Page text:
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The Issue With Positive Thinking…

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I ran full speed out of the waiting area back toward the Megabus parked in bay 10, just to find it wasn’t my bus.  It was another bus that pulled into bay 10 after my bus departed toward Memphis about 20 minutes earlier.  My heart pounded.  How in the world had I forgotten to pick-up my luggage?  How would I get my bag back?  Would it be enough to call the Megabus sales representative, report a missing bag, and hope someone returns it?  My parents sat patiently in the car and I knew this would be a very hard situation to explain. I hopped in the car, and like a baby I started balling!  My mom told me to calm down and explain what happened.  I told her.  Silence.  “So are we going to Memphis?”  she asked.  I didn’t know.  I’d already done something foolish, I didn’t want to follow it with a foolish decision.  My mom asked again, “Are we going to Memphis?”  I asked my dad, he said “Let’s go.”  I pulled up the trip status online and saw we had exactly 5 hours to get to Memphis to catch the bus at its estimated time of arrival.  We couldn’t take any breaks, so after my dad gassed up we were in it for the long haul.  It was officially time for some positive thinking.

My dad asked if we could listen to Bill Winston’s sermon series “The Law of Confession” and of course I obliged.  So we listened.  And listened…to three sermons dealing with the power of our words.  In this series Bill Winston challenges the idea that positive thinking alone can do any great work.  He argues that positive thinking, although biblical, will not produce supernatural results or manifest things that are not, into being.  It positions you to receive but stops short of delivery.   Death and life are said to be in the power of the tongue (Proverbs 18:21), so thinking positively is only the first step to bringing good things to life and putting evil things to death.  Winston finally urges us, as believers, to graduate from simply thinking greatly, to speaking greatly.   It is then, and only then that we will experience greatness.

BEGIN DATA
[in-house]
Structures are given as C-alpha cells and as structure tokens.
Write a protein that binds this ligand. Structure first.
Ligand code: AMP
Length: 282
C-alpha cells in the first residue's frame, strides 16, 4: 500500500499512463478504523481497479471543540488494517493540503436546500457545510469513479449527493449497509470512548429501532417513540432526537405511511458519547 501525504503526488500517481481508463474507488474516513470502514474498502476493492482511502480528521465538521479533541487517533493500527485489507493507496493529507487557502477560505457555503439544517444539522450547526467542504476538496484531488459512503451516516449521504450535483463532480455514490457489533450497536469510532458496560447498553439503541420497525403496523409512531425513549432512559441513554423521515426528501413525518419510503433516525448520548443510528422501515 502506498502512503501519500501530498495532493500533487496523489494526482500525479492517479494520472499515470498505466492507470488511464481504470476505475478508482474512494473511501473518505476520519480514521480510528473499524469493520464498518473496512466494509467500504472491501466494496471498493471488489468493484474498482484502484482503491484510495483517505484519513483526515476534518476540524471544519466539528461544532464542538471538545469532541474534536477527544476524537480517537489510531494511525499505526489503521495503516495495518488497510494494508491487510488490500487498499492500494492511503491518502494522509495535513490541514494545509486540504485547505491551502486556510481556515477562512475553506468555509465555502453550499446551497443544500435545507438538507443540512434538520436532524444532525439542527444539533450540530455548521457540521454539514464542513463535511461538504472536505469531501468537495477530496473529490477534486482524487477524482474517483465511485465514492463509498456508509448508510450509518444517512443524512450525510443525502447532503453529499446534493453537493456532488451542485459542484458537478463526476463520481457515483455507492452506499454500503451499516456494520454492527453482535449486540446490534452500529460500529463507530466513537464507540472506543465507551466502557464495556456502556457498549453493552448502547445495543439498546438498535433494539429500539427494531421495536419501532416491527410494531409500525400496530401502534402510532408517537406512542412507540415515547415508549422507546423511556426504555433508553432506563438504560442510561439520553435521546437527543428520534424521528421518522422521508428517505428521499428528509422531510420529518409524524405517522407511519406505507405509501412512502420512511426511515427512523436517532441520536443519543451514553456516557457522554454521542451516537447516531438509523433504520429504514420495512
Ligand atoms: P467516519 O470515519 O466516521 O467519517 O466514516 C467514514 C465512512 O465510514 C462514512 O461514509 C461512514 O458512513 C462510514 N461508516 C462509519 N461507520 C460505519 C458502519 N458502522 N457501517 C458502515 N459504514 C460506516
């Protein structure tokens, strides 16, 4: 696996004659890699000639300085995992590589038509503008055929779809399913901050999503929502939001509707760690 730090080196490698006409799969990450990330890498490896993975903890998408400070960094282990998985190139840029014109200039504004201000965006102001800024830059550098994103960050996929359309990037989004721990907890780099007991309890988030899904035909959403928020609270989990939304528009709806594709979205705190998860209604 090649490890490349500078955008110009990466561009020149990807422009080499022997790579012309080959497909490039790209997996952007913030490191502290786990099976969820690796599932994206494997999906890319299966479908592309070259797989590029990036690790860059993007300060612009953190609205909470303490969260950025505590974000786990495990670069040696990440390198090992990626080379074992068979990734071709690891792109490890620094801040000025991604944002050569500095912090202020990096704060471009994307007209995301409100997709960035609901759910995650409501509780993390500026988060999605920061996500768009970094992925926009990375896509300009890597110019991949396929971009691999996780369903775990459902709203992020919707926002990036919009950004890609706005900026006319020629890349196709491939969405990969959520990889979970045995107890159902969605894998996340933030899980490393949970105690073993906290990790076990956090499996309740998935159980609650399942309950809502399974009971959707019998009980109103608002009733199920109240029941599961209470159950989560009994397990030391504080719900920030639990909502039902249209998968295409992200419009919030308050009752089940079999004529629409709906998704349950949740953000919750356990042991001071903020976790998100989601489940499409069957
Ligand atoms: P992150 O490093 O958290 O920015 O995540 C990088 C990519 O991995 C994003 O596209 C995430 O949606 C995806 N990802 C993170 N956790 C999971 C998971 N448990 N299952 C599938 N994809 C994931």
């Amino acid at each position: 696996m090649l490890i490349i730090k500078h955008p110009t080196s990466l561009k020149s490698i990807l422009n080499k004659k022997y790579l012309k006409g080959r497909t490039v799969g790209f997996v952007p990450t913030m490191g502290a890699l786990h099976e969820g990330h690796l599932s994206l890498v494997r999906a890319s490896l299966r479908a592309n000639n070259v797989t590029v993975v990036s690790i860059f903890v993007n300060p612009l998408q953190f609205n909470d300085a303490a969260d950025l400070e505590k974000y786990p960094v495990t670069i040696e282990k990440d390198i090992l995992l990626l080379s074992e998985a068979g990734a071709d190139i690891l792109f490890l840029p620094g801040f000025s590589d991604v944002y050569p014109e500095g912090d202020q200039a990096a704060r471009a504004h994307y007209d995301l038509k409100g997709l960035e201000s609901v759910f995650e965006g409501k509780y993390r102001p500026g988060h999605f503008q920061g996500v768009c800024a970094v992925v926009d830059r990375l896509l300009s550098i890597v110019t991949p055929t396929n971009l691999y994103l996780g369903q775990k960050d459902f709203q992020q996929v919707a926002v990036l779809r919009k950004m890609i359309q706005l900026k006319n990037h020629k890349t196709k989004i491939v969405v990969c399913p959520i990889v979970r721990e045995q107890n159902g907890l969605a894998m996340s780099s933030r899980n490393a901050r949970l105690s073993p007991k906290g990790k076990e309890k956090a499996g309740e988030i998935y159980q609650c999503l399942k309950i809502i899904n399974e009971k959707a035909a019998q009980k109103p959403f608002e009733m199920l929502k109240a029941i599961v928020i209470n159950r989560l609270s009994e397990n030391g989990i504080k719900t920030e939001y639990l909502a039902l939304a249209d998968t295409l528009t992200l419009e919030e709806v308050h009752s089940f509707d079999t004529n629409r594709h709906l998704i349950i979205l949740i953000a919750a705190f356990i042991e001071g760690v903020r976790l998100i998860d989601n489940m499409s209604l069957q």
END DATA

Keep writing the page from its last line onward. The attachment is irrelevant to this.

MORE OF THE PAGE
If Jesus is our perfect example, there’s no better case study than Him.  He tells the lame man to ‘Rise, take up your bed a walk’ (John 5:8).  He tells Jairus that his daughter is not dead but sleeping (Matthew 9:24).  He rebukes the wind saying ‘Peace be still’ (Mark 4:39).  He commands Lazarus to come forth (John 11:43).  He curses the fig tree saying, ‘May no one eat fruit from you again’ and then teaches the disciples that whoever says to the mountain ‘go throw yourself into the sea’ and does not doubt, it will be done for him (Mark 11).  Even in the Old Testament we see the world being framed by the word of God and based on His command the sun still rises daily.  Fish still swim in the waters beneath the firmament while birds still fly in the waters above the firmament.  Man still has dominion over the earth and toils to eat from the ground he walks on.  All of this was established by the mouth of God and He’s given us the same power, by creating us in His image, to speak things that are not as though they are; and they will be, for His glory.  

Are you one who speaks negatively?  Is if for comedic relief?  Or disguised as being a realist?  How far has that gotten you?  Can you admit that you haven’t seen much greatness in your life and that it may have something to do with your language?

We were about 5 minutes for the bus stop and my mom turned to me and asked “Well, are you going to confess this thing?”  I said “I was thinking the same thing mom.”  With all my heart and mind I said aloud, “we will arrive on time and find my bag at this stop.  It will be in good condition and all of my things will be accounted for.  In Jesus’ name, amen.”  I hopped out the car and ran to the bus that arrived from St. Louis.  After looking around frantically, I saw my red luggage, among others, laying flat on the ground.  I said as many “excuse mes” as I could, grabbed my bag, and ran back to the car.  Was it the law of confession or pure luck?  I’ll let you be the judge.




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